An AMPL model for the diet problem

1. Problem Description

Consider the problem of choosing prepared foods to meet certain nutritional requirements. Suppose that precooked dinners of the following kinds are available for the following prices per package:

 BEEF Beef \$3.19 CHK Chicken \$2.59 FISH Fish \$2.29 HAM Ham \$2.89 MCH Macaroni & Cheese \$1.89 MTL Meat Loaf \$1.99 SPG Spaghetti \$1.99 TUR Turkey \$2.49

These dinners provide the following percentages, per package, of the minimum daily requirements for vitamins A, C, B1, and B2.

 A C B1 B2 BEEF 60% 20% 10% 15% CHK 8 0 20 20 FISH 8 10 15 10 HAM 40 40 35 10 MCH 15 35 15 15 MTL 70 30 15 15 SPG 25 50 25 15 TUR 60 20 15 10

The problem is to find the cheapest combination of packages that will meet a week’s requirements—that is, at least 700% of the daily requirement for each nutrient.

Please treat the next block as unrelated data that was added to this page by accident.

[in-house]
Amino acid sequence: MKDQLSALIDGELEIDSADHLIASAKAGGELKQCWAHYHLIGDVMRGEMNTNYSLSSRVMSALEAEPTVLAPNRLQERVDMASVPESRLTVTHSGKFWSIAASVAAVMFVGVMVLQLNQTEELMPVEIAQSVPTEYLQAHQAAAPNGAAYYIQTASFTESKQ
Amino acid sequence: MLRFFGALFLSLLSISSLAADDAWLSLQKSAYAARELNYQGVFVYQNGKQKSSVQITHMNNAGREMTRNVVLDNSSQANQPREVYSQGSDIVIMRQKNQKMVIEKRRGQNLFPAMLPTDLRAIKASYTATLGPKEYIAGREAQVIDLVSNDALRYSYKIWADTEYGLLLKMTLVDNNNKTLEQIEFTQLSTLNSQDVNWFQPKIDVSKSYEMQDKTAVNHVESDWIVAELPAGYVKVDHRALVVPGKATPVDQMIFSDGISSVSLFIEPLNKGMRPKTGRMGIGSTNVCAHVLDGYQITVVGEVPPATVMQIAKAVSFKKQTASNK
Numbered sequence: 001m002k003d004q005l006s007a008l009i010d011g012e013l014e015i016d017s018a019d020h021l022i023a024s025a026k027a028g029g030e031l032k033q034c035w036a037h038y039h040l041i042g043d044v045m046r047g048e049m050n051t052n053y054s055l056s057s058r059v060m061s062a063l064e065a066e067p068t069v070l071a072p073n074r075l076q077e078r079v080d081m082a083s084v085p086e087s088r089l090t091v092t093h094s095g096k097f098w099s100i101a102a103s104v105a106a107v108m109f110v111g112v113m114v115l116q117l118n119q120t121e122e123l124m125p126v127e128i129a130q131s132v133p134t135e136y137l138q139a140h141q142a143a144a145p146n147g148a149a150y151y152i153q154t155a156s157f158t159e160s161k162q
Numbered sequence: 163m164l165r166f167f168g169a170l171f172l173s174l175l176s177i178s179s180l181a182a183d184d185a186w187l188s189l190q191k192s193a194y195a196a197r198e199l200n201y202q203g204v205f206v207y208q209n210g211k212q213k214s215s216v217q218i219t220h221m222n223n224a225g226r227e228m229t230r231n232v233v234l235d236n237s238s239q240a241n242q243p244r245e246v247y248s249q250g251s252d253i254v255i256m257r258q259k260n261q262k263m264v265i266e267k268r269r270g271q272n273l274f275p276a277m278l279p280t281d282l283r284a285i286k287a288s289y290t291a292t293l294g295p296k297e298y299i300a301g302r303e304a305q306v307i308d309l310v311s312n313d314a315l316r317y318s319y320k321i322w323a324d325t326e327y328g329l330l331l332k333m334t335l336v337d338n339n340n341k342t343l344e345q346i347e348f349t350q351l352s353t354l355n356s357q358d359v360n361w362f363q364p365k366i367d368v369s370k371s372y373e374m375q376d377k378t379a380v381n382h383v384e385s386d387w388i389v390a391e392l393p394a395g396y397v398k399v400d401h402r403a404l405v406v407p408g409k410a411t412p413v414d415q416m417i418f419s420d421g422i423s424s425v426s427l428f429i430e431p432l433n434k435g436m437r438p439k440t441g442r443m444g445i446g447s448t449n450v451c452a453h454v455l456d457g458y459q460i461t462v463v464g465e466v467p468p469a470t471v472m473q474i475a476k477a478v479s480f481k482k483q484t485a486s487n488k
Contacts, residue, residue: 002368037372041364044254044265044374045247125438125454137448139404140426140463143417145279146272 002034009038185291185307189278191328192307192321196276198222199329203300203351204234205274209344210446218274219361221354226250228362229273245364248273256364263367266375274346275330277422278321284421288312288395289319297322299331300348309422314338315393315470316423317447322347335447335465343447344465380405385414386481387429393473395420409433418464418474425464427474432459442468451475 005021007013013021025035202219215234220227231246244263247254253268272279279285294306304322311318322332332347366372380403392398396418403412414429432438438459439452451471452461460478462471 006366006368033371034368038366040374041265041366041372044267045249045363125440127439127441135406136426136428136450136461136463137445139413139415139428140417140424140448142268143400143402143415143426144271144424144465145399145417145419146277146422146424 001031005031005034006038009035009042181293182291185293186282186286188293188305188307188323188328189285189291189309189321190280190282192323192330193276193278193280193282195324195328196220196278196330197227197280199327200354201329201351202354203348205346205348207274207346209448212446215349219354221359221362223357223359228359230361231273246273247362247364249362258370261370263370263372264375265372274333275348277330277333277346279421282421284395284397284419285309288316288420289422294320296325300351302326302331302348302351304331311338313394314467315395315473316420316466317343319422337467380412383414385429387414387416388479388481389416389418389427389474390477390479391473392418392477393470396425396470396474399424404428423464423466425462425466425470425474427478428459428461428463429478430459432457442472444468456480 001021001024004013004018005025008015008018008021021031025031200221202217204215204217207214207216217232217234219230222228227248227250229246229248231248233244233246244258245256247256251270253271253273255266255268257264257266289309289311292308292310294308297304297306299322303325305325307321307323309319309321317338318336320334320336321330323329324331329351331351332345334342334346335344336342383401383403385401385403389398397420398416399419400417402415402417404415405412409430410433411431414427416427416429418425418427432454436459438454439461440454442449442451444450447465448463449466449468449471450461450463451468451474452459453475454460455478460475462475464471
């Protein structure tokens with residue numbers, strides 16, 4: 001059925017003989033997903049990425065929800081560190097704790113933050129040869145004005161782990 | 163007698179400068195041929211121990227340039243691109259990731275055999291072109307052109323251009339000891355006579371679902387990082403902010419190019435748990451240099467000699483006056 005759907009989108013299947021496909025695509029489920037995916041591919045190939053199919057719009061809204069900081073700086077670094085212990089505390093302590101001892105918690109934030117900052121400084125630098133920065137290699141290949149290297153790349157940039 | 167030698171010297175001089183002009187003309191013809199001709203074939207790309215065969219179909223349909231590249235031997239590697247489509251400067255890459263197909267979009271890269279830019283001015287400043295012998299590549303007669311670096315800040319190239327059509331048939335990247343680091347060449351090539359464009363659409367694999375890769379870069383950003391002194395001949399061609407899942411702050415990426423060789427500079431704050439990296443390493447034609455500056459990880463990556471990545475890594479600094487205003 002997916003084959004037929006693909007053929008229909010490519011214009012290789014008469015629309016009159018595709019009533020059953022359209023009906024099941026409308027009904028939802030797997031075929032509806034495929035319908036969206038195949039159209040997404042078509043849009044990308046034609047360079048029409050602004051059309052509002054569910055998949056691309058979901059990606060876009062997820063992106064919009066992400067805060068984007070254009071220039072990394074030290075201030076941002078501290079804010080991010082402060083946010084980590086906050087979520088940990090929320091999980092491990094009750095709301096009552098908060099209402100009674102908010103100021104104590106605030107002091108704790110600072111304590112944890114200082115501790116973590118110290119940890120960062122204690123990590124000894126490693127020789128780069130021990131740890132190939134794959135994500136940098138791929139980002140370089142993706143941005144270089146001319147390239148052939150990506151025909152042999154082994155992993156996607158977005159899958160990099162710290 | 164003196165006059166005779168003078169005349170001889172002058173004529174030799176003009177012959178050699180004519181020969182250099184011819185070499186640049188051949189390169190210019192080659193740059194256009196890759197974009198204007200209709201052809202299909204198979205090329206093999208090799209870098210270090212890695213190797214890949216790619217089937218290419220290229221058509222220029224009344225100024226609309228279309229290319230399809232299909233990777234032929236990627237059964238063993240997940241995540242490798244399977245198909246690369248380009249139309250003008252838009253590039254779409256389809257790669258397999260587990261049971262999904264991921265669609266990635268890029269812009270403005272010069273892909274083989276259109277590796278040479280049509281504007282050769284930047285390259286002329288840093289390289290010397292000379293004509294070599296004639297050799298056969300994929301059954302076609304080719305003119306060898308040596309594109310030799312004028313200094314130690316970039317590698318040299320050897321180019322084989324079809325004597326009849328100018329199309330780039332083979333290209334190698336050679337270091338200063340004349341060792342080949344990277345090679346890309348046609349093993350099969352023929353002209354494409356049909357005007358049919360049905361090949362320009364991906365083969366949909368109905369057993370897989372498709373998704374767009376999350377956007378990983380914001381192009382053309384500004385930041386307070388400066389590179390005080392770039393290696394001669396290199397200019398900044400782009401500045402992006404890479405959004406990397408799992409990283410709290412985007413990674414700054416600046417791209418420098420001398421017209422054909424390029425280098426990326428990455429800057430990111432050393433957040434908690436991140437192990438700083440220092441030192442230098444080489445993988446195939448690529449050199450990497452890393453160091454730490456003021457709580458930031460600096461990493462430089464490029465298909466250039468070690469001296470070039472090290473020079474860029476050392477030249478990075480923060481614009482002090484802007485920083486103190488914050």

2. LP Formulation

Let us write XBEEF for the number of packages of beef dinner to be purchased, XCHK for the number of packages of beef dinner to be purchased, and so forth. Then the total cost of the diet will be:

Total cost =

3.19 XBEEF + 2.59 XCHK + 2.29 XFISH +2.89 XHAM +

1.89 XMCH + 1.99 XMTL + 1.99 XSPG + 2.49 XTUR

The total percentage of the vitamin A requirement is given by a similar formula, except that XBEEF , XCHK , and so forth are multiplied by the percentage per package instead of the cost per package:

Total percentage of vitamin A daily requirement met =

60 XBEEF + 8 XCHK + 8 XFISH + 40 XHAM +

15 XMCH + 70 XMTL + 25 XSPG + 60 XTUR

This amount needs to be greater than or equal to 700 percent. There is a similar formula for each of the other vitamins, and each of these also needs to be greater than or equal to 700 percent.

Putting these all together, we have the following linear program:

Minimize

3.19 XBEEF + 2.59 XCHK + 2.29 XFISH +2.89 XHAM +

1.89 XMCH + 1.99 XMTL + 1.99 XSPG + 2.49 XTUR

Subject to

60 XBEEF + 8 XCHK + 8 XFISH + 40 XHAM +

15 XMCH + 70 XMTL + 25 XSPG + 60 XTUR >= 700

20 XBEEF + 0 XCHK + 10 XFISH + 40 XHAM +

35 XMCH + 30 XMTL + 50 XSPG + 20 XTUR >= 700

10 XBEEF + 20 XCHK + 15XFISH + 35 XHAM +

15 XMCH + 15 XMTL + 25 XSPG + 15 XTUR >= 700

15 XBEEF + 20XCHK + 10 XFISH + 10 XHAM +

15 XMCH + 15XMTL + 15 XSPG + 10 XTUR >= 700

XBEEF, XCHK, XFISH, XHAM , XMCH, XMTL, XSPG , XTUR >= 0